15/07/2014 06:22 BST | Updated 15/07/2014 06:59 BST

David Cameron Ally Nadhim Zahawi Rebukes Tory Reshuffle Critics

Peter Macdiarmid via Getty Images
BIRMINGHAM, ENGLAND - OCTOBER 05: Prime Minister David Cameron (L) walks with Conservative MP Nadhim Zahawi at the Conservative Party Conference during a television interview on October 5, 2010 in Birmingham, England. On the third day of the conference speakers are set to debate public services, crime and justice and poverty. (Photo by Peter Macdiarmid/Getty Images)

Tory MP Nadhim Zahawi, a close ally of David Cameron, has warned disgruntled male Conservatives against venting their fury at being passed over promotion in the prime minister's ongoing reshuffle.

Speaking to the Huffington Post UK, Zahawi, who sits on No. 10 Downing Street's policy board, urged fellow Tory MPs to remain supportive in response to the reshuffle, adding that "people don't vote for split parties".

"My advice to all colleagues is we are a team and we are stronger when we are a team and when we are united. As long as we remain united, we'll be a force to be reckoned with," he said on Monday night.

Zahawi said that the reshuffle process was about "getting your best people in place", praising the current cabinet for having "some fantastic people on the team".

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This comes as the Tory right have sounded off about some of the Prime Minister's decisions so far, with former chairman Lord Tebbit warning that the exit of Owen Paterson as environment secretary put the party's "very wide support in the countryside" at risk.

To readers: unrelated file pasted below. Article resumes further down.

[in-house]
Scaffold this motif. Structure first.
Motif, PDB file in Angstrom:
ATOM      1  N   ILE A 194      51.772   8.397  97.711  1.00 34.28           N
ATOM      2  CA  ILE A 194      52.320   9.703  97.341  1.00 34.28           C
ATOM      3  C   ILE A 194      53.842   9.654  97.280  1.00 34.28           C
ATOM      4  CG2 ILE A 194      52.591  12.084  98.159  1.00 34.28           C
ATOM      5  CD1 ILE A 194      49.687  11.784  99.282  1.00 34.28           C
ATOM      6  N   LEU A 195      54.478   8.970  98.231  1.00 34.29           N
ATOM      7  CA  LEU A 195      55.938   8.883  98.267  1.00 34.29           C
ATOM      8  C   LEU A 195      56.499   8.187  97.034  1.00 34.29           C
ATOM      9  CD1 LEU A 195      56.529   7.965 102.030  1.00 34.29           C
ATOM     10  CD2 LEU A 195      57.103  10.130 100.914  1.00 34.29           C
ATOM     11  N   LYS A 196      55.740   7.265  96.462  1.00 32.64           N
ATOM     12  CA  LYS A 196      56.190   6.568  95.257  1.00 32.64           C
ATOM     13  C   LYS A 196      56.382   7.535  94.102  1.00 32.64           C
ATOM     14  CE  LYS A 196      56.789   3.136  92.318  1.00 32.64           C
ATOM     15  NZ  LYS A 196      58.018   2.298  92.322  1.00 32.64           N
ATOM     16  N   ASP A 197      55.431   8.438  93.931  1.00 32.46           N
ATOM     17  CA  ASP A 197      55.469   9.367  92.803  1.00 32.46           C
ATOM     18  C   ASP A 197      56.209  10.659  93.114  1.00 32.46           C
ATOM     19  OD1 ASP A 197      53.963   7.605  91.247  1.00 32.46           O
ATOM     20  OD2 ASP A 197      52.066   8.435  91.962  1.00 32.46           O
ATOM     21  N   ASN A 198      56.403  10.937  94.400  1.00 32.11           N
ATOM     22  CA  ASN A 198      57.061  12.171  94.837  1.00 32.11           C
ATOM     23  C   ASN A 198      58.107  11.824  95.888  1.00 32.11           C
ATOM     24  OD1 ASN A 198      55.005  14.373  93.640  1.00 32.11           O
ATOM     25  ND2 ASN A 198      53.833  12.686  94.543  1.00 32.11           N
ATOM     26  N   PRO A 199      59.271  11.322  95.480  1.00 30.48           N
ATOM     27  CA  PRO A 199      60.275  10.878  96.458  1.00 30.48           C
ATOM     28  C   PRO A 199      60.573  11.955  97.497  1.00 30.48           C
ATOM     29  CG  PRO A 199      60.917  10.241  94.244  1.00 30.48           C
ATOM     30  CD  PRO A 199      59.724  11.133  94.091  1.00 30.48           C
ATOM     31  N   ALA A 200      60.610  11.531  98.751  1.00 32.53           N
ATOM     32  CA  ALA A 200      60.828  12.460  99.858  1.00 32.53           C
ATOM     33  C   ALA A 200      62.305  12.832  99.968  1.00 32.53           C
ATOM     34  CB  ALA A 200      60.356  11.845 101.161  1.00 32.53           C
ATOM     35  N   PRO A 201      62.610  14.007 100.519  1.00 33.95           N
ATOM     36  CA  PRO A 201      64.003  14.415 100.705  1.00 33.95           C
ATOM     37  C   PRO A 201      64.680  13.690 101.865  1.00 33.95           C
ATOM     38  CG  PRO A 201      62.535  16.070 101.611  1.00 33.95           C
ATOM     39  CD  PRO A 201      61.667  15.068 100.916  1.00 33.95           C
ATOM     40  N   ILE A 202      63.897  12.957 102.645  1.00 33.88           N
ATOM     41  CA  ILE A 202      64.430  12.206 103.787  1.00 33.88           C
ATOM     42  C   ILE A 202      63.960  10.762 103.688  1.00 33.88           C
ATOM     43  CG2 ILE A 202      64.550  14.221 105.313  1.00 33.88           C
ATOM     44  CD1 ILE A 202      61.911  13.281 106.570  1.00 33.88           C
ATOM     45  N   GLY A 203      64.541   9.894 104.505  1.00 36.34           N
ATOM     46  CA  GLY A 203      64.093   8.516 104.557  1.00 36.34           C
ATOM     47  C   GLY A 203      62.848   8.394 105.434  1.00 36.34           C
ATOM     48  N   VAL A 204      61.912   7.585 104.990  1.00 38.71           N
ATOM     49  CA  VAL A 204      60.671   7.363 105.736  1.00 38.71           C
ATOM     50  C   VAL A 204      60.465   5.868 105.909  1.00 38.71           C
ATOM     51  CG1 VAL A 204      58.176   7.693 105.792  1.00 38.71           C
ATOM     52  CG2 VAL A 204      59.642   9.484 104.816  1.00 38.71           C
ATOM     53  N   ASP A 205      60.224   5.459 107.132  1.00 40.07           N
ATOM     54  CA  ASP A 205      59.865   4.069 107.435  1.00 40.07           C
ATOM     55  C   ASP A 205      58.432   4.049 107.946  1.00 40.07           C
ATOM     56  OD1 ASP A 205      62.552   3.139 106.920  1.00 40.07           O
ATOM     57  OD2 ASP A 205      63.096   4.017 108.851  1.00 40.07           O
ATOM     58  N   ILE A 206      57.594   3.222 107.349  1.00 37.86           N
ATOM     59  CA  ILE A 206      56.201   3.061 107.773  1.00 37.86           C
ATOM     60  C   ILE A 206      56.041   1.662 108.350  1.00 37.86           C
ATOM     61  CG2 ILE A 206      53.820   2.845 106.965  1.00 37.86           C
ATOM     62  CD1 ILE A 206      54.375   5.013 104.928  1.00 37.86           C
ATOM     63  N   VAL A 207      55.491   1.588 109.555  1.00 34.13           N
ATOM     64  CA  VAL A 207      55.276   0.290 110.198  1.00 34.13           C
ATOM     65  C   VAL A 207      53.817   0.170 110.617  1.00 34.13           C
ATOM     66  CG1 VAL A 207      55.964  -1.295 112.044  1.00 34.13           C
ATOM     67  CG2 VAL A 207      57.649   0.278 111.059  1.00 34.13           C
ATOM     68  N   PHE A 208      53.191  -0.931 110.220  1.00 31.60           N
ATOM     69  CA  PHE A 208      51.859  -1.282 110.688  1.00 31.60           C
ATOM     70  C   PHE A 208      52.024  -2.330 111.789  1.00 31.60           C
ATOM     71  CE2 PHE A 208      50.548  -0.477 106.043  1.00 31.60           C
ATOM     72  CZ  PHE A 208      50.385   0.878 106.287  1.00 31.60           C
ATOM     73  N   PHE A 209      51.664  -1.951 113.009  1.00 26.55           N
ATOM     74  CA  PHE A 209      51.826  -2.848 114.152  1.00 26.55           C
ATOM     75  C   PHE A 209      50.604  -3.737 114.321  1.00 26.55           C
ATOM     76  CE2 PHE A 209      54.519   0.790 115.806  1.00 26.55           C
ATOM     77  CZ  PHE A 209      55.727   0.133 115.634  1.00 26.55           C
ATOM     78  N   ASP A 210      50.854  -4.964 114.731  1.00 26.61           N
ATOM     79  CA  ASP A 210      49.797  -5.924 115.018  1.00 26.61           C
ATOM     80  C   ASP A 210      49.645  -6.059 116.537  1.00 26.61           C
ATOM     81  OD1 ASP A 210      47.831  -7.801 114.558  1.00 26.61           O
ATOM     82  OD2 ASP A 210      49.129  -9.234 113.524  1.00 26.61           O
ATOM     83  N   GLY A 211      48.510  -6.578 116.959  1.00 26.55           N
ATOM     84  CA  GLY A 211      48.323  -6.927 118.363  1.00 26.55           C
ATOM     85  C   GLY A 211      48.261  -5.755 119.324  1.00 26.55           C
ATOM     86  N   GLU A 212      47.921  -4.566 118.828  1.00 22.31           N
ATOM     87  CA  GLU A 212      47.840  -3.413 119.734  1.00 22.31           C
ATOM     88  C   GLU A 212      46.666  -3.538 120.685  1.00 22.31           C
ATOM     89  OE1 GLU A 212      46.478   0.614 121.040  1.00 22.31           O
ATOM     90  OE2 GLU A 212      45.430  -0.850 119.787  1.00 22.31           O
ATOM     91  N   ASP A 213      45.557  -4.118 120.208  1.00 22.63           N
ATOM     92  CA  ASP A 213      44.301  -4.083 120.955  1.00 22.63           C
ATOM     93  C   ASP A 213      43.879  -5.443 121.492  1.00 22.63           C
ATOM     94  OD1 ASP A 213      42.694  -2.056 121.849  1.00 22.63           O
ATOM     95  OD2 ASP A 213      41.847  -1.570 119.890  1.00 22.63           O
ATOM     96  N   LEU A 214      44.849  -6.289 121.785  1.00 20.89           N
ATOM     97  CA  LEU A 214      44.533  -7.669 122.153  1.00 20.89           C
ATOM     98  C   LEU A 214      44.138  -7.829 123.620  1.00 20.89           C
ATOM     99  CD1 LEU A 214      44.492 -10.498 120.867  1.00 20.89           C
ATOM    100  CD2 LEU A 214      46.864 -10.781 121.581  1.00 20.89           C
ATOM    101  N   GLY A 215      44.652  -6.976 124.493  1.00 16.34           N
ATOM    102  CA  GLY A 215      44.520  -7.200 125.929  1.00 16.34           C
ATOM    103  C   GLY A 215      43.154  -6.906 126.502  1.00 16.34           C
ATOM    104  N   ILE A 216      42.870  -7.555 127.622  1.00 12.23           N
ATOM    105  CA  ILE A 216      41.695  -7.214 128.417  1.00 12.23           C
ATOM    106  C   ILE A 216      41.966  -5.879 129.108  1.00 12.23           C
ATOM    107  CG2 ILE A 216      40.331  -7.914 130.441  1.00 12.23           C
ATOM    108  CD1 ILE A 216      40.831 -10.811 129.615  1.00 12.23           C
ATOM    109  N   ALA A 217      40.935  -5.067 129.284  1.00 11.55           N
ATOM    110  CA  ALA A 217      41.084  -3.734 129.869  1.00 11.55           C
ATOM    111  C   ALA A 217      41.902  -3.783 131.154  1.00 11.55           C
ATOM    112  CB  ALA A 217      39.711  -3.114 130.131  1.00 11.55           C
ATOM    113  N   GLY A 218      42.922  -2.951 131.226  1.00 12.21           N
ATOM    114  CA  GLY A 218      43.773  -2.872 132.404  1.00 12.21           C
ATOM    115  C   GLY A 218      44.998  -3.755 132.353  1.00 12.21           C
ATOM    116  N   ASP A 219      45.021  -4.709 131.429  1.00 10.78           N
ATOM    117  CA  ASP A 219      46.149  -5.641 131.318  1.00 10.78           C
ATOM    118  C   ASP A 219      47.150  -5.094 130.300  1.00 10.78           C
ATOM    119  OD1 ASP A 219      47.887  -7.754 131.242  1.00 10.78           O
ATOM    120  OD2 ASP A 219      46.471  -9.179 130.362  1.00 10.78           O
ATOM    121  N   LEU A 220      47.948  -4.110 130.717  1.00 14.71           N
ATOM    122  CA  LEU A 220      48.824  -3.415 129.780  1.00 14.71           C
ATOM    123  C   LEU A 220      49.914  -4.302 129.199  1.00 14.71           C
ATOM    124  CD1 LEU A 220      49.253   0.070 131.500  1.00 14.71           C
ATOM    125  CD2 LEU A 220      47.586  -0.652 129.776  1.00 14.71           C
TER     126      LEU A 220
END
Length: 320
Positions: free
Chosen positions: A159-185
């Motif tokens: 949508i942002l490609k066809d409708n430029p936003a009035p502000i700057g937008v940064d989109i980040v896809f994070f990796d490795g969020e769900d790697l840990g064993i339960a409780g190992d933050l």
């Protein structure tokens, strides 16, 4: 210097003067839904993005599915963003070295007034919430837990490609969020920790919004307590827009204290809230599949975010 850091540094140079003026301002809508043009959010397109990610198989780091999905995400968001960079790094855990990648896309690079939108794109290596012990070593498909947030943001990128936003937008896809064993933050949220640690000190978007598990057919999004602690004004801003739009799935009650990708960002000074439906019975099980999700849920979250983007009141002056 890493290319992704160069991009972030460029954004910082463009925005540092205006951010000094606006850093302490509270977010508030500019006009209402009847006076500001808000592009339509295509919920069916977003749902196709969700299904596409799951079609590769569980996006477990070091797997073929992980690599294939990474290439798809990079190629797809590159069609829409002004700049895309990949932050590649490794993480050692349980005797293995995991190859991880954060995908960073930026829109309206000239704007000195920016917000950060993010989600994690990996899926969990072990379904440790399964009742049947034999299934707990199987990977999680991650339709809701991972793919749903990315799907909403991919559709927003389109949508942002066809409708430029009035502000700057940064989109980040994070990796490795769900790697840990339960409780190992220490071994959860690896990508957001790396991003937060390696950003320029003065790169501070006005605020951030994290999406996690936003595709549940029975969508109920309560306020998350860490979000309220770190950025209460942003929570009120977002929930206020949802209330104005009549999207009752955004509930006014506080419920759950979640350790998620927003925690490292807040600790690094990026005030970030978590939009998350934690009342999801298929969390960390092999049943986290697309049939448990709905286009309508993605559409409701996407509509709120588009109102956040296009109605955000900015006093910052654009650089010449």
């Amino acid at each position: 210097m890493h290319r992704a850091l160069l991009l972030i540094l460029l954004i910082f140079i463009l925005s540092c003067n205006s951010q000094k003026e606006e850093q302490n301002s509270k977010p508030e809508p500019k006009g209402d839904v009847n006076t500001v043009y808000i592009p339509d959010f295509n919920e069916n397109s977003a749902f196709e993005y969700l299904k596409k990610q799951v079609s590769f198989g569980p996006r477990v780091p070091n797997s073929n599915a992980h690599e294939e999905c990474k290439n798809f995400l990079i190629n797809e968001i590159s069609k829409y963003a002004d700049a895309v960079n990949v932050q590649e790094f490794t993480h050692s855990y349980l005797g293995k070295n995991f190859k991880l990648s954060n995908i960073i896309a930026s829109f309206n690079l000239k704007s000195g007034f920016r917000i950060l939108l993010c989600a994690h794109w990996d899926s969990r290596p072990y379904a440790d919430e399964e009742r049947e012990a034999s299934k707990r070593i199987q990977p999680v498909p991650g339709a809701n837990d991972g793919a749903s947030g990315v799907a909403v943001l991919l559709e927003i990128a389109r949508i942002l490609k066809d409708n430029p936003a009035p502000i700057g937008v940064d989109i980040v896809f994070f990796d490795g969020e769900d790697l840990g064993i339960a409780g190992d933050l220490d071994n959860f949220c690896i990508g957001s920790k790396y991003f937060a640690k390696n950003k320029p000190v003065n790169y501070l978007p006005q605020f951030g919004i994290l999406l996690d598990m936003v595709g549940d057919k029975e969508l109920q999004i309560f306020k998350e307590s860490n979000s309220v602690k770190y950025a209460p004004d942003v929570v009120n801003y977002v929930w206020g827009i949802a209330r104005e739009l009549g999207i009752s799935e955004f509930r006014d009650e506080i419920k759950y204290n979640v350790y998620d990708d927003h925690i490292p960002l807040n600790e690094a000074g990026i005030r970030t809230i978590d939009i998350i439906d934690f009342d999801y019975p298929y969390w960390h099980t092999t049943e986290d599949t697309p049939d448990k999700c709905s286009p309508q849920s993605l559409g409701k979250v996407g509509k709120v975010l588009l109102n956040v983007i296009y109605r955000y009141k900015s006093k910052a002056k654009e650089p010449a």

The Prime Minister's reshuffle has seen the exit of a series of white, middle-aged ministers including Ken Clarke, attorney general Dominic Grieve, foreign secretary William Hague and Michael Gove leaving as education secretary, with a range of women promoted in their place like Nicky Morgan and Liz Truss.

Lord Tebbit questioned Cameron’s decision to promote more women in a bid to improve diversity, adding: "When I go to see a doctor or a dentist I go on the basis of their professional reputation, not their gender. It should be no different for ministers.’

Paul Goodman wrote on the website Conservative Home about the risk of male Conservatives seeking "revenge" after being passed over for promotion.

"The average Conservative backbencher is a man. His chances of promotion are being thwarted, twice," he said, adding: "Cameron must beware the revenge of Prufrock."

One senior Tory lashed out at the prime minister's plans to promote large numbers of women, telling the Guardian: "This really is the worst form of tokenistic gesture politics...merit is out of the window."

Meanwhile, one Tory MP told the Daily Telegraph's Christopher Hope that older MPs were effectively "being shot" in the reshuffle process.

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